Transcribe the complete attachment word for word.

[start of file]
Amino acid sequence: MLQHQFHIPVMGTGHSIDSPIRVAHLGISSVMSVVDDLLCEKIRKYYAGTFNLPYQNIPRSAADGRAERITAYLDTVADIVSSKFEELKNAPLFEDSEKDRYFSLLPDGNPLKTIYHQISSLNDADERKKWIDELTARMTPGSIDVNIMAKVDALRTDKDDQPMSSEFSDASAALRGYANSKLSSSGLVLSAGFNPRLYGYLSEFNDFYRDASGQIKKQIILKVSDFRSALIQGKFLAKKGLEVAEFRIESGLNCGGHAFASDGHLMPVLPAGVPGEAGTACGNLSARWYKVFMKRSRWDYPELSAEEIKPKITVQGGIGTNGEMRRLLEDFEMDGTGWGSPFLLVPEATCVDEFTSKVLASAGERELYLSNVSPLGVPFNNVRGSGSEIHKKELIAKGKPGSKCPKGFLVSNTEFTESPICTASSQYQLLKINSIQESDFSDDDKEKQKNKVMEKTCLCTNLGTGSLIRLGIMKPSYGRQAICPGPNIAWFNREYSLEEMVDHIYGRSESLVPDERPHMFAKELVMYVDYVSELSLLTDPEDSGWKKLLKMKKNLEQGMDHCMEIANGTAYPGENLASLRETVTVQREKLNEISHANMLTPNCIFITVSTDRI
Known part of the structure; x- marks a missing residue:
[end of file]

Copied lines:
Amino acid sequence: MLQHQFHIPVMGTGHSIDSPIRVAHLGISSVMSVVDDLLCEKIRKYYAGTFNLPYQNIPRSAADGRAERITAYLDTVADIVSSKFEELKNAPLFEDSEKDRYFSLLPDGNPLKTIYHQISSLNDADERKKWIDELTARMTPGSIDVNIMAKVDALRTDKDDQPMSSEFSDASAALRGYANSKLSSSGLVLSAGFNPRLYGYLSEFNDFYRDASGQIKKQIILKVSDFRSALIQGKFLAKKGLEVAEFRIESGLNCGGHAFASDGHLMPVLPAGVPGEAGTACGNLSARWYKVFMKRSRWDYPELSAEEIKPKITVQGGIGTNGEMRRLLEDFEMDGTGWGSPFLLVPEATCVDEFTSKVLASAGERELYLSNVSPLGVPFNNVRGSGSEIHKKELIAKGKPGSKCPKGFLVSNTEFTESPICTASSQYQLLKINSIQESDFSDDDKEKQKNKVMEKTCLCTNLGTGSLIRLGIMKPSYGRQAICPGPNIAWFNREYSLEEMVDHIYGRSESLVPDERPHMFAKELVMYVDYVSELSLLTDPEDSGWKKLLKMKKNLEQGMDHCMEIANGTAYPGENLASLRETVTVQREKLNEISHANMLTPNCIFITVSTDRI
Known part of the structure; x- marks a missing residue: